By Mochizuki, Mike M.
Brookings Review , Vol. 16, No. 3
Although the economic convulsions in East Asia have not taken on the proportions of a security crisis, it would be premature to dismiss the possibility. Reasons for concern abound.
In the first place, the economic woes besetting Asia's developing countries may provoke internal political and social instability that could spill over into the international arena. Most worrisome is Indonesia. Even before the economic crisis, Indonesian politics was entering a delicate transition phase. Questions about President Suharto's health had spurred popular discontent over authoritarian rule and, with it, speculation about democratization in a post-Suharto era. But before an orderly succession could be mapped out, the economic crisis toppled the main pillar of Suharto's political legitimacy: successful economic development. Austerity measures imposed by the IMF as the condition for Indonesia's financial bailout added to the explosive mix. After social unrest escalated into violent rioting in Jakarta in May, Suharto reluctantly stepped down and transferred the reins of government to B. J. Habibie, his chosen successor.
Indonesia's geopolitical importance cannot be overemphasized. It is the world's fourth most populous country. It has been a moderate force in the Islamic world. It has served as a valuable counterweight to China, especially in territorial disputes in the South China Sea. About 40 percent of the world's commercial shipping goes through one of the four key straits in the Indonesian archipelago, as does the bulk of the oil that Japan and South Korea import.
President Habibie must now walk the tightrope between restoring social order and pursuing economic and political reform. Lacking a firm political base of his own, he will have to rely on the military to wield power. Although hardly anyone expects Indonesia to go the way of Yugoslavia, with state collapse and civil war, few anticipate a smooth transition to democracy. Economic stabilization may be the prerequisite for free and fair elections, but stabilization will be impossible unless the new government gains popular legitimacy by offering the hope of a more open political system. The very process of political liberalization, however, might unleash ethnic conflicts and separatist movements that will challenge Indonesia's ability to preserve national cohesion.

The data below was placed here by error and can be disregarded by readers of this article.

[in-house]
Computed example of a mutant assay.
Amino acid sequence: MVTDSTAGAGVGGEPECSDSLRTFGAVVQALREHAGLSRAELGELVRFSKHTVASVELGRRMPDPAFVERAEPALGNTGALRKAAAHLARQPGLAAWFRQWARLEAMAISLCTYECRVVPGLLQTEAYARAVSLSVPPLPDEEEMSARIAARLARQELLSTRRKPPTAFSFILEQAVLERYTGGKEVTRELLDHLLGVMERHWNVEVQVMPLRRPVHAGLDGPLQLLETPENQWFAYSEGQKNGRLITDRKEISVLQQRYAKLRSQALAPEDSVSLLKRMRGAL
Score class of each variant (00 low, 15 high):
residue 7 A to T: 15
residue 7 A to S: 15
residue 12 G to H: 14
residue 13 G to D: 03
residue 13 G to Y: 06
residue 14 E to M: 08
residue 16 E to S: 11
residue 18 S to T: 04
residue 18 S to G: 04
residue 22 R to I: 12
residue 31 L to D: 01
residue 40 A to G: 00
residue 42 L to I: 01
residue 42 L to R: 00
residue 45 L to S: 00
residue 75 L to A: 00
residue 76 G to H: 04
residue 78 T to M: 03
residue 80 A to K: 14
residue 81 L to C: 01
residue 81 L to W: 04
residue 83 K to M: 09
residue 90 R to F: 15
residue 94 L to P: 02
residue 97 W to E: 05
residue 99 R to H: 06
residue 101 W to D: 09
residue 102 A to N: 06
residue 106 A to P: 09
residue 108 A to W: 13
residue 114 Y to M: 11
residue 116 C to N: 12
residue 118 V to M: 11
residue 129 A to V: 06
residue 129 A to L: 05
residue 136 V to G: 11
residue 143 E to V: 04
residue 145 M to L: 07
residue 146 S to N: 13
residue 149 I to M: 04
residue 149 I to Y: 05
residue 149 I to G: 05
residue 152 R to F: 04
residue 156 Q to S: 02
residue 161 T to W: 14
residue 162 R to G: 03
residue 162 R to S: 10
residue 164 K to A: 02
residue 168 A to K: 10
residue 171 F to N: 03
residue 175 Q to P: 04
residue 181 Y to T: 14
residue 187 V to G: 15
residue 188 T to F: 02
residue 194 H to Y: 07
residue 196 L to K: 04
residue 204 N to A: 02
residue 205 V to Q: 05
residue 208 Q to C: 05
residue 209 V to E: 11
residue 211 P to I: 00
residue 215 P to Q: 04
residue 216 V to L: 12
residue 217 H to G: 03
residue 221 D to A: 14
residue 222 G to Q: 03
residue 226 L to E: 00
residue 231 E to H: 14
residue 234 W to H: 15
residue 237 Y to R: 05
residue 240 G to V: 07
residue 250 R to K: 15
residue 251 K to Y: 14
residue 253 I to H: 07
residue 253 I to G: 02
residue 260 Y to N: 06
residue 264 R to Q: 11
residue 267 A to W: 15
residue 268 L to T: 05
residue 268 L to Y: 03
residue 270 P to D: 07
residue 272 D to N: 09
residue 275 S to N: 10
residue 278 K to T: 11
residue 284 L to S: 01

Other states the region are doing better at weathering the crisis politically. Last fall Thailand avoided a military coup and put in place a new government committed to implementing financial reforms to get its economy back on track. Upon his election as president of South Korea, Kim Dae Jung convinced his fellow citizens of the need to endure the immediate pain of austerity to lay the basis for a brighter future. The Malaysian government has so far succeeded in lowering economic expectations, despite President Mahathir Mohamad's charges of international financial conspiracy against his country. And in the Philippines, popular protests against economic liberalization have not damaged democratic processes. In fact, the newly elected president, Joseph Estrada, may be able to use his brand of populism to secure popular acquiescence to economic reform.
Much depends on how soon the economic situation can be turned around. If joblessness continues to rise sharply and food shortages worsen, social unrest will severely test these still fragile political systems.
TENSION OVER MIGRANT WORKERS
The economic crisis could also cause interstate tensions to flare over the flow of migrant workers. Until recently, with growth rapid and unskilled labor in short supply, Malaysia, Singapore, and Thailand often turned a blind eye to the illegal entry of foreign labor. Of Malaysia's nearly 2.5 million foreign workers--more than 20 percent of its labor force--about 800,000 are believed to be illegal immigrants from Indonesia. And some 1 million unauthorized foreign workers, the great majority coming from Myanmar, labor in Thailand. …